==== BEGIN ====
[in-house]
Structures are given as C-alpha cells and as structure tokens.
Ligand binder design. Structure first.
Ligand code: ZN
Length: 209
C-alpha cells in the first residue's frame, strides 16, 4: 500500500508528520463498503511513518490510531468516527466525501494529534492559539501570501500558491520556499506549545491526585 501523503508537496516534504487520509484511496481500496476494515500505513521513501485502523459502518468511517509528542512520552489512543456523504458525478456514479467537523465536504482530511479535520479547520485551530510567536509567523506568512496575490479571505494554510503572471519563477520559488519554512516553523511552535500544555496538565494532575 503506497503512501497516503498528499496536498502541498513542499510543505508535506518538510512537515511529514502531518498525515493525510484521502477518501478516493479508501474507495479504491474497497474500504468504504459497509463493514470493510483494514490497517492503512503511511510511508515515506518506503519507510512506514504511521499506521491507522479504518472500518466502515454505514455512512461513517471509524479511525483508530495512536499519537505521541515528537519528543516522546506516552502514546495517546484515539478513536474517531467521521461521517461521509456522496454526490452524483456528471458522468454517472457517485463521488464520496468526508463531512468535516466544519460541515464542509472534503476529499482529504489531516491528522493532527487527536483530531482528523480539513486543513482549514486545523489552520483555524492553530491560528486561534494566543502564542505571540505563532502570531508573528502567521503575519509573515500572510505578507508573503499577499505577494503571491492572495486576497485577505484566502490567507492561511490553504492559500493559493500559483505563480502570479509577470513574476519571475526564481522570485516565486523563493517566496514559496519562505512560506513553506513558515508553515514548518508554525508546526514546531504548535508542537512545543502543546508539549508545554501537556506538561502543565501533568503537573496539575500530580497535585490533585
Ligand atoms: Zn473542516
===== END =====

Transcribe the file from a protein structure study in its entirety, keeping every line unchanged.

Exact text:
[in-house]
Structures are given as C-alpha cells and as structure tokens.
Ligand binder design. Structure first.
Ligand code: ZN
Length: 209
C-alpha cells in the first residue's frame, strides 16, 4: 500500500508528520463498503511513518490510531468516527466525501494529534492559539501570501500558491520556499506549545491526585 501523503508537496516534504487520509484511496481500496476494515500505513521513501485502523459502518468511517509528542512520552489512543456523504458525478456514479467537523465536504482530511479535520479547520485551530510567536509567523506568512496575490479571505494554510503572471519563477520559488519554512516553523511552535500544555496538565494532575 503506497503512501497516503498528499496536498502541498513542499510543505508535506518538510512537515511529514502531518498525515493525510484521502477518501478516493479508501474507495479504491474497497474500504468504504459497509463493514470493510483494514490497517492503512503511511510511508515515506518506503519507510512506514504511521499506521491507522479504518472500518466502515454505514455512512461513517471509524479511525483508530495512536499519537505521541515528537519528543516522546506516552502514546495517546484515539478513536474517531467521521461521517461521509456522496454526490452524483456528471458522468454517472457517485463521488464520496468526508463531512468535516466544519460541515464542509472534503476529499482529504489531516491528522493532527487527536483530531482528523480539513486543513482549514486545523489552520483555524492553530491560528486561534494566543502564542505571540505563532502570531508573528502567521503575519509573515500572510505578507508573503499577499505577494503571491492572495486576497485577505484566502490567507492561511490553504492559500493559493500559483505563480502570479509577470513574476519571475526564481522570485516565486523563493517566496514559496519562505512560506513553506513558515508553515514548518508554525508546526514546531504548535508542537512545543502543546508539549508545554501537556506538561502543565501533568503537573496539575500530580497535585490533585
Ligand atoms: Zn473542516